The cedar canvas canoe has been part of the North American recreational landscape since the second half of the XIXth century. Not surprisingly, we continue to use the same building techniques today.
Although strongly inspired by that of the bark canoe, the constructing a cedar canoe uses a wooden mold covered with metal bands on which the cedar ribs are steam bent and nailed to the gunwales. This structure is then covered with cedar planking to form the hull.
The structure formed by the cedar ribs is then covered with planking to form a hull.
The canoe is now ready to be removed from the mold. The craftsman completes the construction, then applies a minimum of four coats of varnish to the interior. On the hull, he applies a coat of of linseed oil with an antifungal. Finally, he covers the canoe with cotton canvas.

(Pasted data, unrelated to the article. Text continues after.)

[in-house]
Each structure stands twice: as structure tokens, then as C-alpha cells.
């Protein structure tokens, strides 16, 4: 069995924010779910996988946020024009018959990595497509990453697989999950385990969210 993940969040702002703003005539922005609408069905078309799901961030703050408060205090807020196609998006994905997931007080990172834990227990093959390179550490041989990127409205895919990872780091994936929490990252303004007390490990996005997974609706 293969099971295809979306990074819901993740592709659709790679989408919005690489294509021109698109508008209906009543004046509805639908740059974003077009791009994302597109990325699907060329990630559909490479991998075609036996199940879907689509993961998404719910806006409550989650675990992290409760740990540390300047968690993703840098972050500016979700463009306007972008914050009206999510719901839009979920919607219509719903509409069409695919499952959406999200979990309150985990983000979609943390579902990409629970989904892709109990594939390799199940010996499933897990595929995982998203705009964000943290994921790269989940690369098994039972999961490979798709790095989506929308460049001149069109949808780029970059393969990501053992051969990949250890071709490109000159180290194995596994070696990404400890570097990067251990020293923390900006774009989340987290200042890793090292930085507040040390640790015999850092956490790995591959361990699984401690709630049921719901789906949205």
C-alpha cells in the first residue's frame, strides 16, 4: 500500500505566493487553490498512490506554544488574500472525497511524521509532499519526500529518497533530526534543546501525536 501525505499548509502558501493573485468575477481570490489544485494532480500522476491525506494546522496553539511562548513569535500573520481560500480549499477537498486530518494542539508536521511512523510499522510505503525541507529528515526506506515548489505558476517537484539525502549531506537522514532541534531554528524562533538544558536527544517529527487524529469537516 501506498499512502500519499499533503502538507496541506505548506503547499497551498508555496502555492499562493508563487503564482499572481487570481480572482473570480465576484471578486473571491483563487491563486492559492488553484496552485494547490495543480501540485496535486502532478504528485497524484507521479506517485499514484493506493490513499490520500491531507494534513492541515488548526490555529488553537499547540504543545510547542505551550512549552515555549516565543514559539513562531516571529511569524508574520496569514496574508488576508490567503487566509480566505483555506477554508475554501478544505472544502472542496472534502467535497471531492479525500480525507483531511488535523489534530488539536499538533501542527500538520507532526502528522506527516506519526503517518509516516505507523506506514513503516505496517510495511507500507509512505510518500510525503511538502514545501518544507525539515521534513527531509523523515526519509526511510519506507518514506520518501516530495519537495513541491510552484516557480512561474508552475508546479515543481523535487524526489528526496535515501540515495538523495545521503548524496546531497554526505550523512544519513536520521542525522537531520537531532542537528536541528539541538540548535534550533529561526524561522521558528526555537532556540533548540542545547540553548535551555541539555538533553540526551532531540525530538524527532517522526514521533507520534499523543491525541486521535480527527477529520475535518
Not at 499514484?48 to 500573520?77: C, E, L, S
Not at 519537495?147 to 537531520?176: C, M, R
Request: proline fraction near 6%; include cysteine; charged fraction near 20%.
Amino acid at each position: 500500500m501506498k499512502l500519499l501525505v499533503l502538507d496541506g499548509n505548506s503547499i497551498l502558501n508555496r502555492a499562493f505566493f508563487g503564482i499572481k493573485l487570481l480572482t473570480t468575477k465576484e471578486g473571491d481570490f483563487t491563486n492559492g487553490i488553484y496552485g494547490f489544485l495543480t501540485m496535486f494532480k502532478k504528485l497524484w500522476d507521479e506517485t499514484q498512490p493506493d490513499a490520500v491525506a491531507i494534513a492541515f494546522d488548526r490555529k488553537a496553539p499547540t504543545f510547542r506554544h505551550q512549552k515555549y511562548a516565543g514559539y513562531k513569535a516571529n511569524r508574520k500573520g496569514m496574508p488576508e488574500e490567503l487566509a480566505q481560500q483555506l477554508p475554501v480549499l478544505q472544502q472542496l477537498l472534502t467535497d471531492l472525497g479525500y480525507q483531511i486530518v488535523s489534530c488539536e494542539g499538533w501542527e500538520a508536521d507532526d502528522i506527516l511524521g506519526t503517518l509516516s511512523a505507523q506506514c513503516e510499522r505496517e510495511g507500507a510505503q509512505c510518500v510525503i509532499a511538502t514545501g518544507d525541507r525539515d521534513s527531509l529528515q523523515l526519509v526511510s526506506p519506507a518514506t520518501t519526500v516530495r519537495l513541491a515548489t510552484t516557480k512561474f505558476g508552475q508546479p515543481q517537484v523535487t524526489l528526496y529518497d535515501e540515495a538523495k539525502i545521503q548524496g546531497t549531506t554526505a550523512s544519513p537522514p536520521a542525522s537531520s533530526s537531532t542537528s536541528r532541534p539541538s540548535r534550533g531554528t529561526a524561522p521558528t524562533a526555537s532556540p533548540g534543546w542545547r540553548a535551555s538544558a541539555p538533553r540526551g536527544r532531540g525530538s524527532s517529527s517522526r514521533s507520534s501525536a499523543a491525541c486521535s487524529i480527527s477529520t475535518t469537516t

The canvas is filled with a homemade waterproofing product (a traditional recipe) combining linseed oil and silica powder. It is necessary to let this dry for a month before applying a primer and a minimum of three coats of marine lacquer.
All the hardwood components such as decks, gunwales, stems, keels and seats are handmade. The seats are caned or hand laced with babiche. All the hardware (stem bands, deck rings, bolts, screws and tacks) are either brass or bronze.